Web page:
Another fringe talent who is said to have signed a major league contract (unconfirmed) is Tyler Colvin. He has spent parts of five seasons in the majors and has alternated between very good and terrible performances. From 2009 through 2013, his major league wOBA’s read like so: .205, .351, .218, .364, .204. Those fluctuations are largely driven by his BABIP and ISO. Since he’s hit much better against right-handed pitching in his major league career, he’s been used as a platoon outfielder. It’s possible that he’ll compete with Henry Urrutia at designated hitter.

In addition to the major league signees, the Orioles have acquired several major league veterans on minor league contracts. Some of them are presumed to be favorites to make the opening day roster. That list includes Delmon Young, Alfredo Aceves, Alexi Casilla, Quintin Berry, Xavier Paul, Julio Borbon, and Luiz Vizcaino. Those options provide good depth in case of injury.

Young and Casilla are the most likely to make the opening day roster – potentially in place of Weeks and either Colvin or Urrutia. The current speculation is that Young will platoon at designated hitter with Urrutia. Aceves could make the team with a strong spring and/or injuries to the pitching staff, while Berry might have a shot simply due to his ability to play center field. The Orioles current backup center fielder is David Lough, and he is expected to start in left-field.

While this quantity of depth is not unheard of going into spring training, it does shed an interesting glimpse into the Orioles’ thought process. It would seem that they are happy to stand pat with the core roster they used last season. However, based on the estimates from FanGraphs depth charts, the club currently projects to finish fifth in the AL East. Even recognizing shortcomings in those projected standings as well as the fickle nature of the 162 game season, the Orioles roster has to be considered a long shot to contend.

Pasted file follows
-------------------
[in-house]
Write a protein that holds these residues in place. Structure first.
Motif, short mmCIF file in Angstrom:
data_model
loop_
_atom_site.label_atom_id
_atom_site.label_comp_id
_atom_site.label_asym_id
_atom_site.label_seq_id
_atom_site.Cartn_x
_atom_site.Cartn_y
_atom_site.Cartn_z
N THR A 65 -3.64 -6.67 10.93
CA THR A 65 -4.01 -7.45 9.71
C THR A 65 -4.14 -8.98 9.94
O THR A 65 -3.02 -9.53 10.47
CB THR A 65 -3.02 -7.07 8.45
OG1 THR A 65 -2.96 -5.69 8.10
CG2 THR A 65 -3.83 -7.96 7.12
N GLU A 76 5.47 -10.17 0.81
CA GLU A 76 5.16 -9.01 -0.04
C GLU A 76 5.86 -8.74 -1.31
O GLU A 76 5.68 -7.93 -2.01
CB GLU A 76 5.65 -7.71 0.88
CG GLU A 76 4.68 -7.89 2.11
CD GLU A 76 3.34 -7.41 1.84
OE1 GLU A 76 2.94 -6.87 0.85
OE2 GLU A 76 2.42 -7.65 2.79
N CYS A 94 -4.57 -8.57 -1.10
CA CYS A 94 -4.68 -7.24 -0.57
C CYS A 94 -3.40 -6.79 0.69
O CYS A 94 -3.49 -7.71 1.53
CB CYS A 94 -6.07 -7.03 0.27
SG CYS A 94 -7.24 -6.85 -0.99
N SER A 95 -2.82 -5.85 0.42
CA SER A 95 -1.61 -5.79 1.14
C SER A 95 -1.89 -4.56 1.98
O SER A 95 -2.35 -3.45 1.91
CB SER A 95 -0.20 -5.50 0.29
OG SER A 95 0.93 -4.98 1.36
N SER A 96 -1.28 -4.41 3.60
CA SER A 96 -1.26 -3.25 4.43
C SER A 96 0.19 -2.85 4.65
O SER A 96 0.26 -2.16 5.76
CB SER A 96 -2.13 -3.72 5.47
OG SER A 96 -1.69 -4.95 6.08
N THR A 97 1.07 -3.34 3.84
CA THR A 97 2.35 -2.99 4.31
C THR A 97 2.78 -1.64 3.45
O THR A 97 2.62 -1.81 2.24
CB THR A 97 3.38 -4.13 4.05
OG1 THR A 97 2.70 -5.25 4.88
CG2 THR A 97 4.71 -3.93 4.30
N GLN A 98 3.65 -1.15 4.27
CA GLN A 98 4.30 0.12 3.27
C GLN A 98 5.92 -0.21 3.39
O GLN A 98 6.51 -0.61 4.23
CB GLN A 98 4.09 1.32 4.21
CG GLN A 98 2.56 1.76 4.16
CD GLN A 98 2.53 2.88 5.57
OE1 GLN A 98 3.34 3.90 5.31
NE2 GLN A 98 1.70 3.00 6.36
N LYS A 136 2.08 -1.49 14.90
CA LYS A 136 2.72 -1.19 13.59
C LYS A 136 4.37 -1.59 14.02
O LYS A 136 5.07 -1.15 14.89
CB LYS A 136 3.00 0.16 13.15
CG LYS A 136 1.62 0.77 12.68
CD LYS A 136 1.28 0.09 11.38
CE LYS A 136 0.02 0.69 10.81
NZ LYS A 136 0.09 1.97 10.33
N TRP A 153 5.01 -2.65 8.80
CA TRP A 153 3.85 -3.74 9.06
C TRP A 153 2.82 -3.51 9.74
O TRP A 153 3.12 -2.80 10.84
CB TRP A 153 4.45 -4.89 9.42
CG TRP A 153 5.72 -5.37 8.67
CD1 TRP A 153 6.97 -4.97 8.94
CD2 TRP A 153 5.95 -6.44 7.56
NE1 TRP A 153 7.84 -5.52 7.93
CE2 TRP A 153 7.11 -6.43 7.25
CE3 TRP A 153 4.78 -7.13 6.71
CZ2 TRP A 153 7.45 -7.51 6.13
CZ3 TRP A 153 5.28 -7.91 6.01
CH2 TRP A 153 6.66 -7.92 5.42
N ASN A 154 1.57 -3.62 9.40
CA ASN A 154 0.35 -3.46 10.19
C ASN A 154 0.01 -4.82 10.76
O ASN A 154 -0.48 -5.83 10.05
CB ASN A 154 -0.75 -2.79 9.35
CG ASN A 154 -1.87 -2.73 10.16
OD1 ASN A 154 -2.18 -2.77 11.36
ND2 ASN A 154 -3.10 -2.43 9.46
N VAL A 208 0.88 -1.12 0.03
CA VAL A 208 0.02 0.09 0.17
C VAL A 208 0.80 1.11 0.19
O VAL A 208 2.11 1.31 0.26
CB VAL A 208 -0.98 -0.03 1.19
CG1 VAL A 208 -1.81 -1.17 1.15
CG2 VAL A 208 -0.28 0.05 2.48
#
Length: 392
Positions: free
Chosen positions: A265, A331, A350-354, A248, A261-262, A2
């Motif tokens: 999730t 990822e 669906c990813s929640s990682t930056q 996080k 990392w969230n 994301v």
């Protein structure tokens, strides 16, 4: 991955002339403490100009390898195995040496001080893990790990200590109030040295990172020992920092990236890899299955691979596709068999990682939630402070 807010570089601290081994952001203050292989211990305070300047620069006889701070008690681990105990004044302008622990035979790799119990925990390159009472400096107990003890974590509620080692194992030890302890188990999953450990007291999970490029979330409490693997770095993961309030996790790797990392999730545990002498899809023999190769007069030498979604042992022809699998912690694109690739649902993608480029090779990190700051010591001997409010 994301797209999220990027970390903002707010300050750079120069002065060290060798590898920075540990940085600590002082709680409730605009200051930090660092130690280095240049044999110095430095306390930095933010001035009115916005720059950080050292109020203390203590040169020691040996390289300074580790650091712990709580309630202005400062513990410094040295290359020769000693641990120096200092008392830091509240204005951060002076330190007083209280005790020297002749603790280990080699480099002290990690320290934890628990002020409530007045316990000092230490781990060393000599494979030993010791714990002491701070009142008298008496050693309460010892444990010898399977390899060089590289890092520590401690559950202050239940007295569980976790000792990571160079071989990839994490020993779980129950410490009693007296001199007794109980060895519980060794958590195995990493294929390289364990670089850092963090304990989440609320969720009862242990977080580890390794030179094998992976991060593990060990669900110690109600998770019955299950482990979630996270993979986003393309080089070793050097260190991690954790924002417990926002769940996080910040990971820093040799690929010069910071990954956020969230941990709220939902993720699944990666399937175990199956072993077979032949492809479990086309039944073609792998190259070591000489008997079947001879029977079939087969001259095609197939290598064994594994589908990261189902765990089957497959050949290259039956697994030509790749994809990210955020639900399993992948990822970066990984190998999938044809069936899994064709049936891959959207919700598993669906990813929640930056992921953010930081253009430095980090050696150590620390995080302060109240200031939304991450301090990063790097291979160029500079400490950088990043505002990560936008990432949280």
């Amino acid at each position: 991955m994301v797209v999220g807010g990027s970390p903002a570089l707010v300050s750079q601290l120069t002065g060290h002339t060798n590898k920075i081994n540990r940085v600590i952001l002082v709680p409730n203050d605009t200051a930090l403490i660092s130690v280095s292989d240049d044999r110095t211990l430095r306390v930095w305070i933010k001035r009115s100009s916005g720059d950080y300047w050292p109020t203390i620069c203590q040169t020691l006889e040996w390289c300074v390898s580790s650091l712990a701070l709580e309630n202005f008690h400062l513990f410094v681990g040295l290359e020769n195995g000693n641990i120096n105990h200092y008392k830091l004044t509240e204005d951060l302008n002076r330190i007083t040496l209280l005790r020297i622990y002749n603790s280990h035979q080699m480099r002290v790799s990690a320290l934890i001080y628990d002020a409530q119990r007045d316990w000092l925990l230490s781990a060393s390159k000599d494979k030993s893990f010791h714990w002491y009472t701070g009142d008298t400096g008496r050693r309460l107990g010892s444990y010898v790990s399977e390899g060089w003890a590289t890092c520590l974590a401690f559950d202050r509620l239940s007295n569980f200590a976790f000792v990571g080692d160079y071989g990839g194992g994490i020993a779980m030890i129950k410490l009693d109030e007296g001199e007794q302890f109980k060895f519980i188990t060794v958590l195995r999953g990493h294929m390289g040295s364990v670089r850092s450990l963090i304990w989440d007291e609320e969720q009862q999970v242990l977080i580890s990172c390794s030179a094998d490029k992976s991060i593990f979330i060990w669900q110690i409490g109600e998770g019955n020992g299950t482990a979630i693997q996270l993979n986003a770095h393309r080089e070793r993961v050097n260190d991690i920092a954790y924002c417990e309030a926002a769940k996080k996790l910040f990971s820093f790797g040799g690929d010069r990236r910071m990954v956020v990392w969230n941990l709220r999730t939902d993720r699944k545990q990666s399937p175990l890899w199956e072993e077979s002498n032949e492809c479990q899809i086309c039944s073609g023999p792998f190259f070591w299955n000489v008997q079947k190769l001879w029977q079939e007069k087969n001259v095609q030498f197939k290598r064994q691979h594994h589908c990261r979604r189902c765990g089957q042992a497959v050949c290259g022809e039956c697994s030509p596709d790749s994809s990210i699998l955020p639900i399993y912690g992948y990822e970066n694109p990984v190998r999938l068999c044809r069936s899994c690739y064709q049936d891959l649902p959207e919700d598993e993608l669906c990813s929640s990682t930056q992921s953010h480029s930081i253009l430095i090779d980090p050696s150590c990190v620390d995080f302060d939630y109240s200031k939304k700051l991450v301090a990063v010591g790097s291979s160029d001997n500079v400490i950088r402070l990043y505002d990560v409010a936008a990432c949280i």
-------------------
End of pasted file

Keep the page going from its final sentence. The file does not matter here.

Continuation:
However, there is a flip side to these projections. Depending on how readily you accept the relationship between wins and WAR, the O’s could be as many as 14 wins from contending for the division title and eight from being a strong candidate in the Wild Card race. The club has given no indication that they are prepared to massively expand their budget, so top end free agents like Shin-Soo Choo or Robinson Cano were never practical options. We’ve talked about the win curve frequently in the last few weeks, but it seems that the Orioles aren’t in the right place to sign a big ticket item.

Despite that the club probably needs more high quality talent to contend, there is always that chance for a fluke season. Focusing on the back end of the roster is a cost effective way to ensure that any surprise opportunity is not missed. Since the club lacks high upside prospects to fill the back of the roster, the O’s have turned to the Who’s Who list of fringy veterans. And because they had spots available on their 40 man roster, they were able to hand out a few guaranteed contracts to the players that interested them most. Usually this is a strategy best employed by a team like the Red Sox, who have plenty of quality talent and just need to survive the usual batch of injuries.

The Orioles are under no obligation to keep all of these players, in fact many of them will trigger opt out clauses if they don’t make the major league team. Others will be cut outright. By focusing on depth, depth, and more depth, Baltimore acceded that they are a second rate team in the AL East, while recognizing that they still have just enough talent to be a surprise contender. In this, they probably learned from their surprising 2011 experience.